Volunteer drivers play an extremely valuable role in the lives of children and youth in care. Drivers become the familiar and friendly faces children and youth can depend on—those who will listen to their stories and bring a smile to their faces at what can be a very confusing time in their lives.
If you have a few hours a week to spare, enjoy driving and love children, this is the volunteer role for you.
We need drivers days, evenings and weekends. Some driver do a specific drive or two each week, some on a daily basis and yet others once a month. We are always in need of reliable, readily available volunteer drivers.
Jim called us at the urging of a friend (one of our volunteers of the year!) when he retired. “I used to work 60 to 70 hours a week and then I retired—you can only spend so much time on the computer!
“I haven’t been driving the kids for very long. On my first drive, I asked the parent where I was taking the child and the parent didn’t know how to get there and neither did I. We had an address that didn’t appear on my GPS. In the end, the child gave us directions! It’s been an experience.”
“You get attached to the kids. There’s one fellow I drive who’s 20 years old at five, and he tells me everything when he’s in the car. That’s fun.”
“The majority of the trips I make with the kids are between home and school or home and foster home or from meetings with parents back to foster homes. Those are emotional for them. You just let the kids talk if they need to. They know their drivers—they’re regulars.
“At Christmas, through the gift program, I delivered a bicycle for the little five‐year‐old who is so positive, and his seven‐year‐old sister. I was so pleased. “
Sandra has been on the road with Halton kids for ten years. “My husband retired, and somebody had to get out of the house!” she laughs. She has rheumatoid arthritis, but her impairment hasn’t stopped her from driving the children.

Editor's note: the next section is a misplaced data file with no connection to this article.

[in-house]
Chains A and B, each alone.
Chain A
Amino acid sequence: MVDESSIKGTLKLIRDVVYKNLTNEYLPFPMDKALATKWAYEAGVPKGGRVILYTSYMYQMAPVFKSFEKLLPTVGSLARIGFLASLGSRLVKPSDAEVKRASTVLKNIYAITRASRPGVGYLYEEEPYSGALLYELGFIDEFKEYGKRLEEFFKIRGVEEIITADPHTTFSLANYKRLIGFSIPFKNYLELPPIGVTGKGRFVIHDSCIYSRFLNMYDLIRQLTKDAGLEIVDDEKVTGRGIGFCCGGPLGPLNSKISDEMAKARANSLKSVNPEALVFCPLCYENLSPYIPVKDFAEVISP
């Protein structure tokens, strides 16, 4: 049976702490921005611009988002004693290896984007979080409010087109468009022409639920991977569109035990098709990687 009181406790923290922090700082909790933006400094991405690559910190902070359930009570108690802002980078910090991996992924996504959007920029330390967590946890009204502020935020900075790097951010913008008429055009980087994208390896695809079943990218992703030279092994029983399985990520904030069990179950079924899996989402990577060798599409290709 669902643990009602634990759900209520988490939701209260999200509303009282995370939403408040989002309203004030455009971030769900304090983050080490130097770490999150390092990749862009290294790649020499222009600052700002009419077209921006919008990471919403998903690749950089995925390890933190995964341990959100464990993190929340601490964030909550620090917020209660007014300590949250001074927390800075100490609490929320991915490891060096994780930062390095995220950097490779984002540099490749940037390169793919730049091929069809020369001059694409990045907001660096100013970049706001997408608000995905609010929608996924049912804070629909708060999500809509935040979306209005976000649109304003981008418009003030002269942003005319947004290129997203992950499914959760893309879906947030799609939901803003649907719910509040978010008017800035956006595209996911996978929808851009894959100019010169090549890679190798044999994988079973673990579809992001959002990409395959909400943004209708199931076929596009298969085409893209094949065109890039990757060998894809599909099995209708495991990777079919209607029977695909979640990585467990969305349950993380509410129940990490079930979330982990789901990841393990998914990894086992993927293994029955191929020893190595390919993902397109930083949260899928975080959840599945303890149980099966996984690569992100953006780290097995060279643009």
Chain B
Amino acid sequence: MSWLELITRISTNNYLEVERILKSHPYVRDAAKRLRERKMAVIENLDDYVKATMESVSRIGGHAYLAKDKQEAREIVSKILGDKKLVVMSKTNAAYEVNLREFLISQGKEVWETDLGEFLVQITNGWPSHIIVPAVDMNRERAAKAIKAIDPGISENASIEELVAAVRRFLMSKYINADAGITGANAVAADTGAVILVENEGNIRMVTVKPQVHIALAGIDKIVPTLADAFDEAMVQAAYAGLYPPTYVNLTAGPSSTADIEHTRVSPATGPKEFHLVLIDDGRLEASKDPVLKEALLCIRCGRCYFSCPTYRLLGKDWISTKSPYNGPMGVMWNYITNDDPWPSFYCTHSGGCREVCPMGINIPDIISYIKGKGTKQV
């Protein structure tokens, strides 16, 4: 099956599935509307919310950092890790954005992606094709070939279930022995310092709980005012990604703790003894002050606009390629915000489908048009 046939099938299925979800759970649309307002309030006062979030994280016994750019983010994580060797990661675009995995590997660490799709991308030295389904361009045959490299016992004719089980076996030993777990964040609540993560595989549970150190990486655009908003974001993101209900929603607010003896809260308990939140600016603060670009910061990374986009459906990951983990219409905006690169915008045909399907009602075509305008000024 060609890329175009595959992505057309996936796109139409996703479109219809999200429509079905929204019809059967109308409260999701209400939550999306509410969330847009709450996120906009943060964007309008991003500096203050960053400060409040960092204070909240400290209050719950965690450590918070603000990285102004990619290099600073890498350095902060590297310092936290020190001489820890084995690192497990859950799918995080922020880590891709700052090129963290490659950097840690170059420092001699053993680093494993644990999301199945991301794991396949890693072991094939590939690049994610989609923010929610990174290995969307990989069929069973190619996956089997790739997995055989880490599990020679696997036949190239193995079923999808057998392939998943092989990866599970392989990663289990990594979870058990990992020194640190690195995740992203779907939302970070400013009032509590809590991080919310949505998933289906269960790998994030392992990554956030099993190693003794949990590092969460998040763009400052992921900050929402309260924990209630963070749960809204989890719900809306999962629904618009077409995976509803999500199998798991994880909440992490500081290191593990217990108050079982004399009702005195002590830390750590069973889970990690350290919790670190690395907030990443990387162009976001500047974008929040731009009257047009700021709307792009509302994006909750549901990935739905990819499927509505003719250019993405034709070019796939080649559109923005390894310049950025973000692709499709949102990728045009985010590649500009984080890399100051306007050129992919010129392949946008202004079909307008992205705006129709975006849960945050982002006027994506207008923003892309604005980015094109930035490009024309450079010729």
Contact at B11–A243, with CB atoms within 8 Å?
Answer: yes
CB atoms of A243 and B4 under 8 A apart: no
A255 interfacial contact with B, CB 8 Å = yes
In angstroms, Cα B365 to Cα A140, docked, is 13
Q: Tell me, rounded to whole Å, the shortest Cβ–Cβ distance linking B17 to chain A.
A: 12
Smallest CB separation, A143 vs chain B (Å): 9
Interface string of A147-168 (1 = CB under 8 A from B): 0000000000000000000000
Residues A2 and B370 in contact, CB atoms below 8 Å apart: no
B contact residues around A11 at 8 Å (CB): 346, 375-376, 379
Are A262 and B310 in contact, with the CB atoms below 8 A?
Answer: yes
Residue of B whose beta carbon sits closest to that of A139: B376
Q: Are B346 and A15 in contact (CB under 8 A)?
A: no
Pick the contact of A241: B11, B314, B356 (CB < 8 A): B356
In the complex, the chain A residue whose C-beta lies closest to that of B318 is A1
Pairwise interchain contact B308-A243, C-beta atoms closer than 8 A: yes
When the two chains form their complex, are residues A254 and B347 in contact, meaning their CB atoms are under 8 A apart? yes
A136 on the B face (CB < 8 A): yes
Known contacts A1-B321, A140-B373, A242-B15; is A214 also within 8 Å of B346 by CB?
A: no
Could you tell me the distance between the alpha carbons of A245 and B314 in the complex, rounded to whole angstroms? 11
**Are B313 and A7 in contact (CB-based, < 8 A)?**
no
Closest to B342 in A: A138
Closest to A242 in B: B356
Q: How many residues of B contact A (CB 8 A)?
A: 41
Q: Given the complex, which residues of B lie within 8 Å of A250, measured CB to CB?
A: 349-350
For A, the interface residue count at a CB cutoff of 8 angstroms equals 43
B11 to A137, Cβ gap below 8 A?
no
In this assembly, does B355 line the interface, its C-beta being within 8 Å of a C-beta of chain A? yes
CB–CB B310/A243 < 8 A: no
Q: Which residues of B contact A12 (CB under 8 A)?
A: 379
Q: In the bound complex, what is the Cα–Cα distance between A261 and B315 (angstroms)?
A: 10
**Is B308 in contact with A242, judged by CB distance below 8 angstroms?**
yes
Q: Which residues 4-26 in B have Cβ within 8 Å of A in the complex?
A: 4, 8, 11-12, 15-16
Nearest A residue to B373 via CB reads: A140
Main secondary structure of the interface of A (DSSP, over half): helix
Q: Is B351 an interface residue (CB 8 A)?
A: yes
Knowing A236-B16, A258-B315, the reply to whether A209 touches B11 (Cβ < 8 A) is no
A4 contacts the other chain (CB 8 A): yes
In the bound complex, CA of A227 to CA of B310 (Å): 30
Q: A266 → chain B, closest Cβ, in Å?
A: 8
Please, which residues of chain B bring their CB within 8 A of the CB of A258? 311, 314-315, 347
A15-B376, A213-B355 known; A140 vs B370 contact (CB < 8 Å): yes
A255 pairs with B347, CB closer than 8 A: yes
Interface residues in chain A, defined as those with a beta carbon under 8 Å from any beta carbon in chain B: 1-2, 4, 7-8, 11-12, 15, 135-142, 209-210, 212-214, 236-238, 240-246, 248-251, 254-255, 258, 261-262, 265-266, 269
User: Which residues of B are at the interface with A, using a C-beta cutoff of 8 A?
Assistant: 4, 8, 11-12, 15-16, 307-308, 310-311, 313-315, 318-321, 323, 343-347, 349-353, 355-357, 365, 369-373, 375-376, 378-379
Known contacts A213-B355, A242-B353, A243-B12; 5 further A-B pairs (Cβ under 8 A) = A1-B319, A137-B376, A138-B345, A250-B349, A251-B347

“It’s an eye‐opener. I think I lived in a little shell. I knew children had problems, but . . . now I’ve been driving some kids since the beginning. I’ve watched them grow up. They’re good kids.”
“As a driver, you are someone who’s always there, a regular feature.
“There’s a family of four I’ve been driving. On Volunteer Appreciation Day, the youngest girl came with her foster mother and siblings. And she made a speech about me! She was four when I started driving her six years ago, and she said I was like family—and it’s true. She’s such a fireball! She’s been arguing with me since she was four years old! It was so special!”
Marie left a volunteer role where she didn’t feel useful. Now she feels great. She loves kids and she loves driving. “Kids make you feel good!”
Marie tells the story of driving a six‐year‐old autistic boy. When she began driving him, he would sit in the back and tell her not to talk. Nowadays he’s a chatterbox. And then there’s the youth with a “tough guy” look who shook her hand and said “thank you” for driving him.
And of course, there’s the young girl she drove for two years who is now her special friend. The two have dinner once a month. “I was a stable person in her life when she needed something stable.”
“You think you can’t give out any more love, and yet there’s always more for the kids.”